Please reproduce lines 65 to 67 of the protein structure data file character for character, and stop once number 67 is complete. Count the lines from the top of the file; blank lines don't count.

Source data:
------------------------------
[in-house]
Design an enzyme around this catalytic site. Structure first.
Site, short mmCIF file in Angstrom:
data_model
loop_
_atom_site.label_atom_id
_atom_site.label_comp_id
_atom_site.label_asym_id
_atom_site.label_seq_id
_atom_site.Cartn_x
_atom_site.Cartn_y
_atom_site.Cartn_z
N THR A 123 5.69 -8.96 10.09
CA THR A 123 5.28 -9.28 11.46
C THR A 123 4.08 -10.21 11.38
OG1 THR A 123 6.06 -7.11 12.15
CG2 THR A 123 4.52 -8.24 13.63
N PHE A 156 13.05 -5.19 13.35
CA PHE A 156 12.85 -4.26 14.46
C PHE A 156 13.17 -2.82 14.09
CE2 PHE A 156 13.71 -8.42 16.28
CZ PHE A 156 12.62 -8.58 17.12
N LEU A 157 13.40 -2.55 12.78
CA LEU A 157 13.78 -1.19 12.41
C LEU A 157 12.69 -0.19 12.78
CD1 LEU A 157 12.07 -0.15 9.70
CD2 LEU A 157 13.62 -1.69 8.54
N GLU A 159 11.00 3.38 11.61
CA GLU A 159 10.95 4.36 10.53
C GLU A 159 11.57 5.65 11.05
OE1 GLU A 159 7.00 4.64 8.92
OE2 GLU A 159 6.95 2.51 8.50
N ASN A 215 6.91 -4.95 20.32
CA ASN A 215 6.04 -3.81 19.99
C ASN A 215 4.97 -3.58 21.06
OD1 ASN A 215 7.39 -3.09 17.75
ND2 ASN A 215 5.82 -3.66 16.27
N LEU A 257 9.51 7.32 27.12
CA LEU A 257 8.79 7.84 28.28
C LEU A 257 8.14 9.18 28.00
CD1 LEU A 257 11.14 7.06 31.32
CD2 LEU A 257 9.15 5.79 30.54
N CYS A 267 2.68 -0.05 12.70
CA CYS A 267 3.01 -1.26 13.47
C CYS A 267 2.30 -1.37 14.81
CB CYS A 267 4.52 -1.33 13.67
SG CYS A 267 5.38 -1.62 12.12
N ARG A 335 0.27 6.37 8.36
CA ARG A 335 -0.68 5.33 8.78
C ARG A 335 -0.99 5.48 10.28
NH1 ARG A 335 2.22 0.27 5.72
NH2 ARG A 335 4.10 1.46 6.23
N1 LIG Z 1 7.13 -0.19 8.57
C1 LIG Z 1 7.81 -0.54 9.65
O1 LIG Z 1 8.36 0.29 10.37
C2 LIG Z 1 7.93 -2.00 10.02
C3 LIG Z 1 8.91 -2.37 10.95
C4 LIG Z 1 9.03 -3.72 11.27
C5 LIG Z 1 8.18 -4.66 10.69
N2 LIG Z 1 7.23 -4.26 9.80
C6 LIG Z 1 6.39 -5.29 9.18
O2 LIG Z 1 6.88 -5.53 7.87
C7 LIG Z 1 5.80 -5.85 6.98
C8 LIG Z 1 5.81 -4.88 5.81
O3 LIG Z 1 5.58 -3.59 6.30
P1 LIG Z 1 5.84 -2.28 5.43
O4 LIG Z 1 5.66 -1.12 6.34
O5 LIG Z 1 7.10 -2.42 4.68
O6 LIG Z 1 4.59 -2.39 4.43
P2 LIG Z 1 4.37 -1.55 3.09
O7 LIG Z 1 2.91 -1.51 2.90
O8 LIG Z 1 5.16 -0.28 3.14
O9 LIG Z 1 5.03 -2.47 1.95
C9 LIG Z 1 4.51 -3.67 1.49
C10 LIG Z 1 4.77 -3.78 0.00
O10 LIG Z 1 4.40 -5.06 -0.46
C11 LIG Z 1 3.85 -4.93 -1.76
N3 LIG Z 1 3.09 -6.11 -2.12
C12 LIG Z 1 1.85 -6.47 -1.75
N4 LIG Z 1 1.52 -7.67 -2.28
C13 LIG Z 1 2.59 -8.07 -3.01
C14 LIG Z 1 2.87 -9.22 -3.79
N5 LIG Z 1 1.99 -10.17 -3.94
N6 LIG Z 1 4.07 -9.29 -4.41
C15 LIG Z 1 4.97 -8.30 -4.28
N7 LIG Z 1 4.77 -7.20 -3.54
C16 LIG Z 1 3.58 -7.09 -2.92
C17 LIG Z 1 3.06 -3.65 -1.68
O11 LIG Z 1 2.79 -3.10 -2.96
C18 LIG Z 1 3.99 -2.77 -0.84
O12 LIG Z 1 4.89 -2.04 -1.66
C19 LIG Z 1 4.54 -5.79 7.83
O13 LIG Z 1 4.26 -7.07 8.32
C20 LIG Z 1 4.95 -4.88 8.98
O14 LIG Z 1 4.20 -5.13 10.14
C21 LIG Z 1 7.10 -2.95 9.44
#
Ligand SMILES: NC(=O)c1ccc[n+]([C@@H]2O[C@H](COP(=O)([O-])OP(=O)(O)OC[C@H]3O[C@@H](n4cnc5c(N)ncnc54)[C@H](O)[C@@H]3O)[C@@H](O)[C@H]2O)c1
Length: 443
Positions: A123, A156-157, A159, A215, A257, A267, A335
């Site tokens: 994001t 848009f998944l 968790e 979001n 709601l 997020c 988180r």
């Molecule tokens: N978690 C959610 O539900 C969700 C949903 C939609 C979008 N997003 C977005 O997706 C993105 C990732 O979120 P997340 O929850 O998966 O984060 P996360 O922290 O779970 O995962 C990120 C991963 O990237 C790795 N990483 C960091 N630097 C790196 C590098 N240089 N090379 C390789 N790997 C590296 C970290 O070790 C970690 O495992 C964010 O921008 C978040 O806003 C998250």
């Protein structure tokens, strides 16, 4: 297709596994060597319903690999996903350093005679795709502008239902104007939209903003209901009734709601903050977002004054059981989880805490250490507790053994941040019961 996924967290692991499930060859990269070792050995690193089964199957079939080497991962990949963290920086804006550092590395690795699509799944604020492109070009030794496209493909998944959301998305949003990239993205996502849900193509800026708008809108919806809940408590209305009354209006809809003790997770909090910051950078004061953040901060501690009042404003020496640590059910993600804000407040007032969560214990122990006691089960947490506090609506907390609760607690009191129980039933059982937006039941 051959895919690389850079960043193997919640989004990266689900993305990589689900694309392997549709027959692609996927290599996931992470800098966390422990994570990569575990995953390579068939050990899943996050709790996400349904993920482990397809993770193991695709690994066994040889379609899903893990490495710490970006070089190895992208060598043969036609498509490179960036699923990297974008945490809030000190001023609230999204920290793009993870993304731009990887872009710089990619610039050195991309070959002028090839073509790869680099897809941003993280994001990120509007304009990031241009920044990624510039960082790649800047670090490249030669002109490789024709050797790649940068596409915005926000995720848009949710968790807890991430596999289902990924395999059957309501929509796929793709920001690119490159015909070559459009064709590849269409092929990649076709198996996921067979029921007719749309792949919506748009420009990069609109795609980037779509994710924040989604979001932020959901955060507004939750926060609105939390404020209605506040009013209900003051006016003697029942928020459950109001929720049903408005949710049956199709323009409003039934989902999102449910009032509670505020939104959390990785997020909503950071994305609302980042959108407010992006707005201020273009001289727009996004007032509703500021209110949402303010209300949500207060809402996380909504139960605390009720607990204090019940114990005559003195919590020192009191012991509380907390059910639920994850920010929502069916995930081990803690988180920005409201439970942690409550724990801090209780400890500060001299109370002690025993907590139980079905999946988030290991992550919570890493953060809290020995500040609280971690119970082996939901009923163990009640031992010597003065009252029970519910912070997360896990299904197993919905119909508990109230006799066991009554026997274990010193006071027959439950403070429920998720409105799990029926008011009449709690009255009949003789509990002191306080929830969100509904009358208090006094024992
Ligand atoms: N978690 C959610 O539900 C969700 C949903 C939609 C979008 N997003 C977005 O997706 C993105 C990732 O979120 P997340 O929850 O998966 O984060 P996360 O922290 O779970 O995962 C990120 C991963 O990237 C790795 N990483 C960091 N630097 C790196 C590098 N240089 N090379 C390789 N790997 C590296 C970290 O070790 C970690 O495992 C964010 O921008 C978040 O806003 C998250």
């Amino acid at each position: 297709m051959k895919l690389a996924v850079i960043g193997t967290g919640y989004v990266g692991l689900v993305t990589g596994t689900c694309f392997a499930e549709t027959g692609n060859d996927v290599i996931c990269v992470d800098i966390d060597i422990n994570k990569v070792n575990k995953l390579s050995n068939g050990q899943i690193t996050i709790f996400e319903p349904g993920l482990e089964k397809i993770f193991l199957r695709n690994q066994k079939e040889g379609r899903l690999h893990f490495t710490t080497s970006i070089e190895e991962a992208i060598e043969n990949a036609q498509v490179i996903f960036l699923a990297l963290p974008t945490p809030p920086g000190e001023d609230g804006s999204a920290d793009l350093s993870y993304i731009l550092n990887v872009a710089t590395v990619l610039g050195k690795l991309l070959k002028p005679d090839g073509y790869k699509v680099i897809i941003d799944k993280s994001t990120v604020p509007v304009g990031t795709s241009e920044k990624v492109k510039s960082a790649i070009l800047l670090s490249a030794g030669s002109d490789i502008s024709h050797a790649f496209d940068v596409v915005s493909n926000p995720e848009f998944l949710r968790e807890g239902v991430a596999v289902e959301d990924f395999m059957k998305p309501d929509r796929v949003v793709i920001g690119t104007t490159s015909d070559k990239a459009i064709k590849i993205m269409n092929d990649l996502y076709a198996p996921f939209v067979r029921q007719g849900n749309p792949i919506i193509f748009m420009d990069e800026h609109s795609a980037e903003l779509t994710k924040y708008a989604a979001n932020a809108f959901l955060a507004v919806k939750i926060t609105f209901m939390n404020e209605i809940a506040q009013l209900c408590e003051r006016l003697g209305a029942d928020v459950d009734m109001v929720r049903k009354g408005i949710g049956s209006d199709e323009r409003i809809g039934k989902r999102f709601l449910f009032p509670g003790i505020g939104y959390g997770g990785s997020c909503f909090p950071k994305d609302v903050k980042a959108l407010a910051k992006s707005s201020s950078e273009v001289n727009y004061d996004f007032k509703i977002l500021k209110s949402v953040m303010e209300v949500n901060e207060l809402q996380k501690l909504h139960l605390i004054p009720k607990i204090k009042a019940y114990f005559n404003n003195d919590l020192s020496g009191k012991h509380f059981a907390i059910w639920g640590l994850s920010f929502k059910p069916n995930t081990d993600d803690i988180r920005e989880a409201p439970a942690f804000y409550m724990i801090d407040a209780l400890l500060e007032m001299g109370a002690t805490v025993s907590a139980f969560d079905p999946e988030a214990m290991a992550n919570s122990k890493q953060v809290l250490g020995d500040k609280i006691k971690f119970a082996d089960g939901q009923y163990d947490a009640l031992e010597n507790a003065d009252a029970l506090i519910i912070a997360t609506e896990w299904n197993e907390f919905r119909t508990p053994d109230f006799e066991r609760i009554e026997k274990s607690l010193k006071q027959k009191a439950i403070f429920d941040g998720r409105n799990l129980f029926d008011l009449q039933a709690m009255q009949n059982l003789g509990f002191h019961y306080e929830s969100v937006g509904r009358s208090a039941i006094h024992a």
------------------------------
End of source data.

O3 LIG Z 1 5.58 -3.59 6.30
P1 LIG Z 1 5.84 -2.28 5.43
O4 LIG Z 1 5.66 -1.12 6.34